Business-to-business clean energy entrepreneurs have long faced a consistent challenge: Getting their customers’ CFOs to care. But this CFO survey from Deloitte released yesterday (CFO Signals: Q4 2019) might hint at a better way to get their attention.
Many such clean energy B2B solutions being brought to the market by startups include no-brainer value propositions. Energy efficiency solutions such as advanced lighting for warehouses, improved industrial processes at factories, HVAC (a/k/a air conditioning) savings in office buildings, and other such solutions can provide nice cost savings. Increasingly, rooftop solar, batteries and “microgrid” solutions can be money-savers and even potentially revenue sources for businesses that adopt them, as well.
These cost savings, of course, also come along with emissions reductions in most cases. The money savings, to oversimplify a bit, come directly from the energy savings. Because of the long-held belief among the business community (despite the cost savings mentioned above) that reducing carbon emissions is expensive and a “soft” issue, however, I find that many of the entrepreneurs offering these solutions shy away from making a climate-related sales pitch. They don’t want to undermine the seriousness of their economics-driven sales pitch. So if they mention climate change impacts from their solutions, it’s often buried in there at the back. Certainly not for all clean energy entrepreneurs, but for many this is the case.
You would think that a cost-savings focused sales pitch, when the solution being marketed offers a compelling payback period or such, would be an easy sale, then. Not necessarily. Because too often the clean energy entrepreneur is pitching a factory manager or other operations manager, and yet the customer’s CFO also must give approval and just can’t give it due attention.
Why not? After all, the CFO should be glad to see any cost savings right? But put yourself in the shoes of a busy CFO, with lots of priorities at any given time. While energy savings from these solutions may offer strong payback periods (2-4 years, in many cases, or even less), the aggregate dollar savings may be small potatoes compared with whatever strategic initiatives the CFO is tasked with this quarter. So getting their attention is the challenge.
In 15 years of investing into companies offering these types of solutions, I regularly see no-brainer value propositions where the main contact on the customer side wants to adopt the system, but it still takes months and months to get CFO approval.
That’s why yesterday’s Deloitte survey of CFOs grabbed my attention. They report that in terms of addressing climate change, 71% of CFOs say they face moderate or higher pressure from at least one stakeholder group. And that’s not pressure from outside environmental groups or regulators. That pressure, they report, is coming from employees, customers, boards and investors. And as one of the Deloitte managers on the project, Greg Dickinson, reports: “Perhaps most importantly, the majority say they are building management of climate risks into their governance processes.”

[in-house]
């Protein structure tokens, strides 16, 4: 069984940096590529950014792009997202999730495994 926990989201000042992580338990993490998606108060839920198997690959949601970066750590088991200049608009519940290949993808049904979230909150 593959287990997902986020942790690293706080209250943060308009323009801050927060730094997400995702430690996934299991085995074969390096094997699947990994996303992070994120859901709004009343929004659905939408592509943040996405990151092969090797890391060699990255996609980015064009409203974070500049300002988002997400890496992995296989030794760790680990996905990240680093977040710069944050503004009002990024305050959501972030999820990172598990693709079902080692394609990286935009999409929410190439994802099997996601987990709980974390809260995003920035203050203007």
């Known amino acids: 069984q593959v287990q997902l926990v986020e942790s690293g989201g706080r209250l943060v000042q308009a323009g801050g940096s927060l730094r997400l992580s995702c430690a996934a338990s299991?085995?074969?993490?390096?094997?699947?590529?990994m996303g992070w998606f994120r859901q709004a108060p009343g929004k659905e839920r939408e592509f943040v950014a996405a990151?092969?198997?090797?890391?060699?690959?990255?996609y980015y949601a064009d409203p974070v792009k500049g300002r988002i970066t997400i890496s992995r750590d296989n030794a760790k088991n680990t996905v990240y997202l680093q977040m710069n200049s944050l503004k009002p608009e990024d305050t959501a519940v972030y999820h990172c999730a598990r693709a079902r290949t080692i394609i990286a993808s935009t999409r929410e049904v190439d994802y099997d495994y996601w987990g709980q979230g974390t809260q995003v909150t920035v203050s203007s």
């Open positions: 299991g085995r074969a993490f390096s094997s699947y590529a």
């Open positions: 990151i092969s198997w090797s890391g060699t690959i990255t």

If this is true, then for a lot of CFOs climate issues are coming to the forefront of their attention really quickly. It’s a big shift over just the past few years, from my perspective. However, I can guarantee that many of theses CFOs don’t really know what to do about it yet.
This is where clean energy entrepreneurs may now be able to tout their solutions’ positive climate impacts more loudly, in order to help the CFO make it a priority. Instead of a pitch summarized as “We will save you 15% on your energy bill,” perhaps it’s finally time for a pitch more along the lines of “We will save you money by reducing your carbon impact.”
If the CFOs are under this pressure to include climate impacts and risks in their governance, they’re going to soon be tracking corporate carbon emissions, if they’re not already, and this will include emissions reduction targets. Where applicable, this would mean making the carbon emissions reductions specific and explicit: “By adopting this solution, your firm will reduce carbon emissions by [X] tons per year.” If your solution helps make a tangible and quantifiable impact toward meeting their climate goals, perhaps now that will help it get more attention. And even if the customer hasn’t stated specific emissions reduction goals yet, just the story-telling benefits themselves may help elevate the sale for the CFO.
From an investor standpoint, this kind of shift in the C-suite at business customers is also a strong signal that we may be on the verge of an inflection point. Just as is being seen with corporate purchases of renewable energy, perhaps we’re on the cusp of a big uptake in corporate energy efficiency purchases as well, since those can often have significant and quick carbon emissions reductions impacts. Particularly as new capital models are increasingly enabling such purchases to be made with no money down, via third party financing, which should just further grease the skids. As an investor I’m actively looking at such opportunities, myself.
So perhaps it’s time for clean energy entrepreneurs to adjust their sales pitches to more strongly emphasize the climate impacts of their solutions just as much as the actual economic benefits for their customers.